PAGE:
The Spring Budget 2023 included several changes that impact pension savings – and how you take your pension when you retire.

While some of these changes have been introduced to encourage professionals to stay in the workplace, they will also have an impact as people take their retirement benefits. In this article, we will discuss the key changes affecting pensions and what they might mean for you.

The abolishment of the LTA means you can now save as much as you want in your pension pot without worrying about a tax penalty

The end of the Pension Lifetime Allowance (LTA)

The most significant change affecting pensions in the Spring Budget is the scrapping of the Pension Lifetime Allowance (LTA), which had stood at £1,073,100. The LTA represented the maximum amount you could build up in pension benefits, while also enjoying full tax benefits.

Though the LTA had been expected to increase, its complete removal means there is no longer a cap on the amount of money you can save in your pension pot.

Previously, exceeding the LTA meant paying a hefty tax charge on the excess amount. With the abolishment of the LTA, you can now save as much as you want in your pension pot without worrying about a tax penalty.

Introduction of a cap on the 25% tax lump-sum

Due to the scrapping of the LTA, a cap is now in place on the 25% tax-free lump sum you can take from your pension at age 55 (or age 57 from 2028).

This means the maximum tax-free lump sum you can take is £268,275. In reality, it’s the same limit that was in place before, given that it’s 25% of the old LTA limit of £1,073,100.

Because the LTA has fallen over the past decade, some people have ‘protection’ for an LTA that’s higher than the recently-scrapped limit – and therefore a potentially a higher tax-free lump sum than they would receive under new rules. If you’re in this position, it’s especially important to seek advice before you increase contributions to your pension.

Annual Allowance for pension contributions is increasing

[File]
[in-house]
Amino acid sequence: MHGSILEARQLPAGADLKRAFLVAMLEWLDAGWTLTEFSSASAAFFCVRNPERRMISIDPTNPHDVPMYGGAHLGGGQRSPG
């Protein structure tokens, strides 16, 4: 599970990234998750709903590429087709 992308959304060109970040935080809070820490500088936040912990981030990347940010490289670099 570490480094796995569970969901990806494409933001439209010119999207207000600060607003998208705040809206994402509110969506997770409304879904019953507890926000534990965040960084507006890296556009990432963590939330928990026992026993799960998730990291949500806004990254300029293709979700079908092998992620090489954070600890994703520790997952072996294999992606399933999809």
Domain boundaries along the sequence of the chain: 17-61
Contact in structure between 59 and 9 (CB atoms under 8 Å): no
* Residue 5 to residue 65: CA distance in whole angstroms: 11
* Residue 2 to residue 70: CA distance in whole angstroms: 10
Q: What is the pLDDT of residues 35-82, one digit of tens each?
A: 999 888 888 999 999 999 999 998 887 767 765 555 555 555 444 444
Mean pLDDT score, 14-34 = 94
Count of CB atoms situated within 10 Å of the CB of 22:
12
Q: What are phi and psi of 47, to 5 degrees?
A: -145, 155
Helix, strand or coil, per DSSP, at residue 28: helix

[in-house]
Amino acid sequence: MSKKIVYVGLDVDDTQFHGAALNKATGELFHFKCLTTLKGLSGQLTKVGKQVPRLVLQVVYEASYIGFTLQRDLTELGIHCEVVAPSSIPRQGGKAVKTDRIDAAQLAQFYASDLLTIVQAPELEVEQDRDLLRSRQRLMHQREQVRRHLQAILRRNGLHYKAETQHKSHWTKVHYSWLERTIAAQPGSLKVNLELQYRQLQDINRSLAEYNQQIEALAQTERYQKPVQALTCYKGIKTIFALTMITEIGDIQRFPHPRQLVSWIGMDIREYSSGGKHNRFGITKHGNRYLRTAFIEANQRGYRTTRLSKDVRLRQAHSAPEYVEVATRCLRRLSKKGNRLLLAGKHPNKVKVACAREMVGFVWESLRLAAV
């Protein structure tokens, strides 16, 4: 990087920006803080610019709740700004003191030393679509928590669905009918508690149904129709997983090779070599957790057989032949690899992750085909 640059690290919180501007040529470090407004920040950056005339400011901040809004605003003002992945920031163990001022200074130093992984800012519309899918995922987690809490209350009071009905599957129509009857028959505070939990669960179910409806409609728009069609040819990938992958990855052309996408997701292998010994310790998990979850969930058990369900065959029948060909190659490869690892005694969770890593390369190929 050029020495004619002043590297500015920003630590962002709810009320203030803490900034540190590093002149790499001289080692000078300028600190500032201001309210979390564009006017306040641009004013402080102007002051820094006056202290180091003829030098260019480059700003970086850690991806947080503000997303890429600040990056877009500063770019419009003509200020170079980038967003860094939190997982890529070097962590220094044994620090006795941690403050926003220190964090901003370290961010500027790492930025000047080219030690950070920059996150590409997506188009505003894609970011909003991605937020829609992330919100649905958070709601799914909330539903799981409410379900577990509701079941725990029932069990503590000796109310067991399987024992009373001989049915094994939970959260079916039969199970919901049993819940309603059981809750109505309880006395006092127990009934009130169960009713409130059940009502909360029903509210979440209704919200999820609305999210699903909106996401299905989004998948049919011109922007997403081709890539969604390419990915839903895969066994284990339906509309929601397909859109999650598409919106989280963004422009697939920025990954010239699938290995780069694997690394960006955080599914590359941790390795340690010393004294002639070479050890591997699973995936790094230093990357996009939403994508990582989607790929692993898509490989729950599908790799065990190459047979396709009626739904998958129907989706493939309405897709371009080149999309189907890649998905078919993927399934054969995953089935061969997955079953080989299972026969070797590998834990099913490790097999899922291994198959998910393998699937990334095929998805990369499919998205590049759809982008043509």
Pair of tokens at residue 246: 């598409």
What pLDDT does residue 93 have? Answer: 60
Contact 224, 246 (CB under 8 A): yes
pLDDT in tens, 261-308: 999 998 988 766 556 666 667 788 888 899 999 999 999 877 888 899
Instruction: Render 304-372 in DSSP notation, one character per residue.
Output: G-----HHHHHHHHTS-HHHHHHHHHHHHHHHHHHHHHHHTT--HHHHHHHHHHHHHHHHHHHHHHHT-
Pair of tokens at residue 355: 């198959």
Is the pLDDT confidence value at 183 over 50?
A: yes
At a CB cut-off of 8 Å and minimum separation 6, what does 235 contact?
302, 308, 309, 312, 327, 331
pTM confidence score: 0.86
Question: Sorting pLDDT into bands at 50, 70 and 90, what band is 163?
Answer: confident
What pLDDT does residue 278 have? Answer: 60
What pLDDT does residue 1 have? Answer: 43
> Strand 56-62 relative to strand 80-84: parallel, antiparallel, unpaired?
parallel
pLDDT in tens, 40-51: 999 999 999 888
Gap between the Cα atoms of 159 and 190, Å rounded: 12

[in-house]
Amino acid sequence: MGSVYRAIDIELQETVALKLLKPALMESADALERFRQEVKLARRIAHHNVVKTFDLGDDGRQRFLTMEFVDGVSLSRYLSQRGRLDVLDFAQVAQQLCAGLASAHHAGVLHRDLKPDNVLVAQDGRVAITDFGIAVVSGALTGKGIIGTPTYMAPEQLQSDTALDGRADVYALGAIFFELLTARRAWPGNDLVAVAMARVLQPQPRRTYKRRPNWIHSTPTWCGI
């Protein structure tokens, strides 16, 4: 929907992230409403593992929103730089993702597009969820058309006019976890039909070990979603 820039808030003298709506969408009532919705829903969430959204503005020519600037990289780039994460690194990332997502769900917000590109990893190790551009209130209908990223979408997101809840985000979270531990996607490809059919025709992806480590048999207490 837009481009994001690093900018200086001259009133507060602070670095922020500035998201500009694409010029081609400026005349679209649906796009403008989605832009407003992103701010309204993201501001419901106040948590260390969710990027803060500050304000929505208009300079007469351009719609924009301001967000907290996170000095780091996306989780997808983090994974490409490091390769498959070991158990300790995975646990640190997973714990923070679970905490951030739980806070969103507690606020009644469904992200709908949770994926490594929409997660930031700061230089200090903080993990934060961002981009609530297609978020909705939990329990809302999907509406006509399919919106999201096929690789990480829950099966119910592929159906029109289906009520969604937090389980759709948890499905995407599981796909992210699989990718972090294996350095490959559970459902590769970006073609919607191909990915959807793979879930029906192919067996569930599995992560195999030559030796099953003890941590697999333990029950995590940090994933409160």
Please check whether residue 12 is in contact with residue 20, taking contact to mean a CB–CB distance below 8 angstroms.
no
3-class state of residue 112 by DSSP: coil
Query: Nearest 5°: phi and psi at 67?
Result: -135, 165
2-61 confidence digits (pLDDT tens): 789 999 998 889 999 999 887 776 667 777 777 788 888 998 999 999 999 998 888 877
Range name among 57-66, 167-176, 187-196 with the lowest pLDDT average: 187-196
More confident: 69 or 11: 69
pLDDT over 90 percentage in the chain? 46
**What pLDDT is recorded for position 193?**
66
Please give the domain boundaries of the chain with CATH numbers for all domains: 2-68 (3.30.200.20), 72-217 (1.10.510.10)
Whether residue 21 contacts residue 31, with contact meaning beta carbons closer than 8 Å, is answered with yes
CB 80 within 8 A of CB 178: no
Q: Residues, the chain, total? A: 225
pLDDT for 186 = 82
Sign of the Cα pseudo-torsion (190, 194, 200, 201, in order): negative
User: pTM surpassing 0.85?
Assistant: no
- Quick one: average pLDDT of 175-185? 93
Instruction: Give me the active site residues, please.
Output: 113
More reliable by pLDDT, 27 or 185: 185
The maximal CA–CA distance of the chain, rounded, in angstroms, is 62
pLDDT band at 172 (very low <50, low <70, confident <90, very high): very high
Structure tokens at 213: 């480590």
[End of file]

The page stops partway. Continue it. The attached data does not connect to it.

The Spring Budget has also raised the annual allowance for pension savings from £40,000 to £60,000. The annual allowance is the maximum amount you can contribute to your pension each year, and still enjoy full tax benefits.

This increase means that you can now save up to £60,000 every year without incurring a tax charge.

Money Purchase Annual Allowance (MPAA) Increased

The Money Purchase Annual Allowance (MPAA) has also been increased from £4,000 to £10,000 per annum. The MPAA is the amount of money you can put into your pension pot tax-free after you’ve started to access it.

This change aims to encourage people to save more for retirement (which they might do by returning to the workplace) by allowing them to contribute more money to their pension each year.

Seek advice about how these changes could affect you

The scrapping of the Pension Lifetime Allowance, and the increases to the annual allowance and MPAA, are designed to discourage professionals from retiring early – or encourage them back into the workplace.

Whatever your circumstances, it’s essential to seek professional advice before making any decisions. A conversation with a financial planner will enable you to make informed choices and get maximum benefits from these changes.

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